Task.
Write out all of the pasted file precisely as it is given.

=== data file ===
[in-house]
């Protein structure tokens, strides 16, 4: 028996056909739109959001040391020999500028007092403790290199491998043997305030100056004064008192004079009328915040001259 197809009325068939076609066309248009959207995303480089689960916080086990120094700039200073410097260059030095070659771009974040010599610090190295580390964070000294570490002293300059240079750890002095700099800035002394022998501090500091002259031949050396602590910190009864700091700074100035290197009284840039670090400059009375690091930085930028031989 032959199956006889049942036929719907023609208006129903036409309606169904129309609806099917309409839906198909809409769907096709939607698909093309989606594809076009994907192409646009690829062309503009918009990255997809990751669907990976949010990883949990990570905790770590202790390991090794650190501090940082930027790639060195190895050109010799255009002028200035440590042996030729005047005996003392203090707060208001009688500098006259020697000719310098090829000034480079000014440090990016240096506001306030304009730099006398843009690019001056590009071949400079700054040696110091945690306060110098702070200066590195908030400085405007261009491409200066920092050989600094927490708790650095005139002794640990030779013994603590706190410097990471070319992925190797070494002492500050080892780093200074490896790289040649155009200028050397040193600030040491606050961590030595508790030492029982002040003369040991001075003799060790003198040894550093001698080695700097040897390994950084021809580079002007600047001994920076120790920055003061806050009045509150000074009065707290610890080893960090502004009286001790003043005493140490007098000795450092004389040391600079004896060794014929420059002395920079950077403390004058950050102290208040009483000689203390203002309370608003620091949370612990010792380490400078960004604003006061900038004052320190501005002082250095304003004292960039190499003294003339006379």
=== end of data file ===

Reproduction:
[in-house]
């Protein structure tokens, strides 16, 4: 028996056909739109959001040391020999500028007092403790290199491998043997305030100056004064008192004079009328915040001259 197809009325068939076609066309248009959207995303480089689960916080086990120094700039200073410097260059030095070659771009974040010599610090190295580390964070000294570490002293300059240079750890002095700099800035002394022998501090500091002259031949050396602590910190009864700091700074100035290197009284840039670090400059009375690091930085930028031989 032959199956006889049942036929719907023609208006129903036409309606169904129309609806099917309409839906198909809409769907096709939607698909093309989606594809076009994907192409646009690829062309503009918009990255997809990751669907990976949010990883949990990570905790770590202790390991090794650190501090940082930027790639060195190895050109010799255009002028200035440590042996030729005047005996003392203090707060208001009688500098006259020697000719310098090829000034480079000014440090990016240096506001306030304009730099006398843009690019001056590009071949400079700054040696110091945690306060110098702070200066590195908030400085405007261009491409200066920092050989600094927490708790650095005139002794640990030779013994603590706190410097990471070319992925190797070494002492500050080892780093200074490896790289040649155009200028050397040193600030040491606050961590030595508790030492029982002040003369040991001075003799060790003198040894550093001698080695700097040897390994950084021809580079002007600047001994920076120790920055003061806050009045509150000074009065707290610890080893960090502004009286001790003043005493140490007098000795450092004389040391600079004896060794014929420059002395920079950077403390004058950050102290208040009483000689203390203002309370608003620091949370612990010792380490400078960004604003006061900038004052320190501005002082250095304003004292960039190499003294003339006379």